Blog - Issues & Comments Affecting Our Trade

The UPHCA is working hard for our industry and this is intended to keep our members and industry aware of the issues

What is OPLR – You Need to Know!  Published September 2022

During the last legislative session, the Governor asked the legislature to create a new agency under the Department of Commerce.  The agency that was created is the Office of Professional License Review (OPLR).

Purpose of OPLR by Statue:

(1) conduct a sunrise review of any applications to establish a new regulated occupation.

(2) conduct a review of each regulated occupation at least once every 10 years.

(3) review and respond to any legislator inquiry regarding a proposed or existing regulated Occupation.

(4) report to the Business and Labor Interim Committee annually.

Here are the Executive Agencies that will be Review

  • Agriculture and Food (e.g., livestock dealer) • [TBD]
  • Commerce (e.g., various: physician, social worker, electrician)
  • Environmental Quality (e.g., wastewater works operator)
  • Education (e.g., school counselor)
  • Financial Institutions (e.g., mortgage loan originator)
  • Health & Human Services (e.g., EMT, certified crisis worker)
  • Insurance (e.g., bail bonds)
  • Natural Resources (e.g., blasting)
  • Labor Commission (e.g., mine foreman)
  • Tax Commission (e.g., Motor Vehicle Dealer)
  • Workforce Services (e.g., ASL interpreters)

(Notice who is excluded, Real Estate and Attorney’s).

This will be OPLR’s Criteria:

Mandated by SB 16, the periodic review ‘shall consider the following criteria’ (paraphrased):

  • Harm to the public
  • Harm to health, safety or financial welfare
  • Present, recognizable, significant harm
  • Severity, probability, and permanence
  • Economic effects of regulation
  • Supply of practitioners
  • Barriers (to service, to entry)
  • Costs to existing practitioners
  • Mobility of practitioners and reciprocity with other jurisdictions
  • Ability to obtain payments for healthcare providers (e.g., Medicare, Medicaid)
  • Benchmarking other jurisdictions
  • Solutions
  • Effect of regulation on the harm (does the regulation protect against or diminish harm?)
  • Alternative pathways for obtaining a license
  • Costs to the state to regulate
  • Expertise and resources of the agency to regulate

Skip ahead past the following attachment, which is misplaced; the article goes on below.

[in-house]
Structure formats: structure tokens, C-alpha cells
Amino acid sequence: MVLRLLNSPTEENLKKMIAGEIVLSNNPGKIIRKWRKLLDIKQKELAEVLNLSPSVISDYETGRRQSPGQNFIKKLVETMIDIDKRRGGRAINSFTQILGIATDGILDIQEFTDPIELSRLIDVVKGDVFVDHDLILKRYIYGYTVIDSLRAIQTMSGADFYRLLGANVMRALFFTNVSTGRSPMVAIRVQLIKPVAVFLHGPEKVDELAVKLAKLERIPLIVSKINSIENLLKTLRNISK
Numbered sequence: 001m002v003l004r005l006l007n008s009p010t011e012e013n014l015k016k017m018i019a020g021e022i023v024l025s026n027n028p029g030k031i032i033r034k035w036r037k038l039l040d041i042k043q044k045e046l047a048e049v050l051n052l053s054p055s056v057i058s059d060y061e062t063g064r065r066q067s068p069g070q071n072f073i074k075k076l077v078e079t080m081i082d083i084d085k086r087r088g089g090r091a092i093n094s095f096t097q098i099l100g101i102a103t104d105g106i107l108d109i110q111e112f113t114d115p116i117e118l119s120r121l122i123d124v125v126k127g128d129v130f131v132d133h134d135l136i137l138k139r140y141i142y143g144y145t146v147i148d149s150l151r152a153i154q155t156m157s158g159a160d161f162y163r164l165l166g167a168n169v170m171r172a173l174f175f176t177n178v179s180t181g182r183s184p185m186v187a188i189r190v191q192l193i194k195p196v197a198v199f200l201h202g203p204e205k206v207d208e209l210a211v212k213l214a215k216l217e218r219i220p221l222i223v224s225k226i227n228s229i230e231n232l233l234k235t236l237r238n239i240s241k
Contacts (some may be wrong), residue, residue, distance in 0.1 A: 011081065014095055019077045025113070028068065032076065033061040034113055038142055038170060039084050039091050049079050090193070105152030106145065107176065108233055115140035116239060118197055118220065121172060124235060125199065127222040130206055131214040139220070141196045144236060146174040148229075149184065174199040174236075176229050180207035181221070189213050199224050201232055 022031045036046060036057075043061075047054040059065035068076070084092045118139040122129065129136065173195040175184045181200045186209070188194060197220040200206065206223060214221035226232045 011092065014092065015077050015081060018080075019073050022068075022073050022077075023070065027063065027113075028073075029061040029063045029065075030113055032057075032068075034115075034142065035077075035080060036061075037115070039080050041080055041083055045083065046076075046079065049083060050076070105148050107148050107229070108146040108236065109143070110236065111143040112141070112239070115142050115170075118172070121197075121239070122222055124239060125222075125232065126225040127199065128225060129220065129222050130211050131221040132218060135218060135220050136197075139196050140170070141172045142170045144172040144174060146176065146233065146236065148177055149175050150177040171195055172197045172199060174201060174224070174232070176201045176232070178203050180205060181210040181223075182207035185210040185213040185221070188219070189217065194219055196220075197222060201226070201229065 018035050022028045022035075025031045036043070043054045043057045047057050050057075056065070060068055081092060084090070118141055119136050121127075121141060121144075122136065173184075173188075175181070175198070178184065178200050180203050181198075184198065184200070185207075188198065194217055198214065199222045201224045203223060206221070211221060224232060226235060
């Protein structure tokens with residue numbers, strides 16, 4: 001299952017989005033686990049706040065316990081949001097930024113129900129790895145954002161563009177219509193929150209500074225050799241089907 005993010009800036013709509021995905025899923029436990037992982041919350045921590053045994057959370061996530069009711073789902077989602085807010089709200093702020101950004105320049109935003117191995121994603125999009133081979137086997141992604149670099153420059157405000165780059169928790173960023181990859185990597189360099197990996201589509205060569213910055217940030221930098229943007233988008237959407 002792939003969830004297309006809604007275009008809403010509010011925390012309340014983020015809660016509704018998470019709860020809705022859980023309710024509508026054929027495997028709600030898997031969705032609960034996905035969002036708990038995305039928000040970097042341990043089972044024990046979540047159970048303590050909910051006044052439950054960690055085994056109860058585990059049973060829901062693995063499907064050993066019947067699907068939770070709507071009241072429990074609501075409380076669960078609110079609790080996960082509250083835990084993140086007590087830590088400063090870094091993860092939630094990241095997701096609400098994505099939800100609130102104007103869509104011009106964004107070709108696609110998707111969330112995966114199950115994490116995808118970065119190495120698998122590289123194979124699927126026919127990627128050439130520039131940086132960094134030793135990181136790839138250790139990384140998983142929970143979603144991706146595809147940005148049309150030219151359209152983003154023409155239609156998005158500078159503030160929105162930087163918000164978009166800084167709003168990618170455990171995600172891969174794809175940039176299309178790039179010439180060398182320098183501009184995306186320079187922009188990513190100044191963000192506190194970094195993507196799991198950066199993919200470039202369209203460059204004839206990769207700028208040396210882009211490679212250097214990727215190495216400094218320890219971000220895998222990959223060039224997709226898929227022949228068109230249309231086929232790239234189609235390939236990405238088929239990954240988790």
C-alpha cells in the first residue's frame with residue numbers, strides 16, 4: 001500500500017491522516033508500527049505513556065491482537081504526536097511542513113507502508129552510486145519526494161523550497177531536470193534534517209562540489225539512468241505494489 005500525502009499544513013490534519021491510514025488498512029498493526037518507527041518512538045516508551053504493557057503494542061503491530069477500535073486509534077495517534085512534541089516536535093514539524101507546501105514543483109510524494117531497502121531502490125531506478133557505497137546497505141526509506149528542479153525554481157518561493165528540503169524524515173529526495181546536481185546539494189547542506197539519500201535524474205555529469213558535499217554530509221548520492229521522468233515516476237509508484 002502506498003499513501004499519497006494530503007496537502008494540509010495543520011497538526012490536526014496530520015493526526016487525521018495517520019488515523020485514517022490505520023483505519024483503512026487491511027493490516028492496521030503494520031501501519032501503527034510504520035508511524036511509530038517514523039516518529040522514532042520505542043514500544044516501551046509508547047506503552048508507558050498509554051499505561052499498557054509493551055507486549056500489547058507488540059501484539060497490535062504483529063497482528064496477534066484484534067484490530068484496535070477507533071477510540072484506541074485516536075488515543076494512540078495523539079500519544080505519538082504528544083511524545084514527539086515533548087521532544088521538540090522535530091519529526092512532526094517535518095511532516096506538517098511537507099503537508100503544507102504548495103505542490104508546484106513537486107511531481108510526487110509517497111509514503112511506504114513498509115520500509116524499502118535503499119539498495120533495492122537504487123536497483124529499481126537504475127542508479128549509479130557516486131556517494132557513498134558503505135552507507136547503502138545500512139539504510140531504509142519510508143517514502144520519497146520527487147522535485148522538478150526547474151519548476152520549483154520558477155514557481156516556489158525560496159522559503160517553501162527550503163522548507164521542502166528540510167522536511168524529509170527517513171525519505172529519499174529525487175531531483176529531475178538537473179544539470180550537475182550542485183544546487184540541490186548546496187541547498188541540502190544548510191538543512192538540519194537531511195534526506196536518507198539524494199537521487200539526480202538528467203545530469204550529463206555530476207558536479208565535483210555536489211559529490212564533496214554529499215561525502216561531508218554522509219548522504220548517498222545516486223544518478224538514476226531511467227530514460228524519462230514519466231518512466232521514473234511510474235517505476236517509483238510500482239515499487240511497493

• Scope of regulation (clearly distinguishable from other regulated occupations; potential for narrow regulation)
  • Less burdensome alternatives
  • Any other criteria the office adopts

Items in bold are areas that can be interpreted by those not involved in the industry to question why plumbing requires a license or what the qualifications and experience is required for the trade.

The Plumbing Licensing Board held their meeting on Wednesday, September 7th and DOPL sprung on the board 2 recommendations to approve that came from a meeting they had with OPLR.  The first is to eliminate the Practical Exam.  DOPL stated that Utah was the only State that had a practical exam (that isn’t correct).  DOPL then proposed to allow the practical test to be part of the curriculum for the apprenticeship programs.  In other words, the schools and not the state would be responsible for the practical.  Second one was to create a Master License Exam on Laws & Rules specifically relating to Utah regulations affecting the trade.

Both recommendations were on a fast track for approval, and this concerned me.  They wanted the licensing board to recommend approval to the Construction Services Committee without any input from the industry other than the licensing board. The licensing board tabled both for now until they have further discussions.

This is an example of why we need input from our members.  We are watching more closely what OPLR might consider.  Please send your comments to office@uphca.net.

Finally, the question I pose to you.  Who would be looking out for the plumbing trade if it wasn’t the UPHCA?  Just this issue is well worth your membership and support!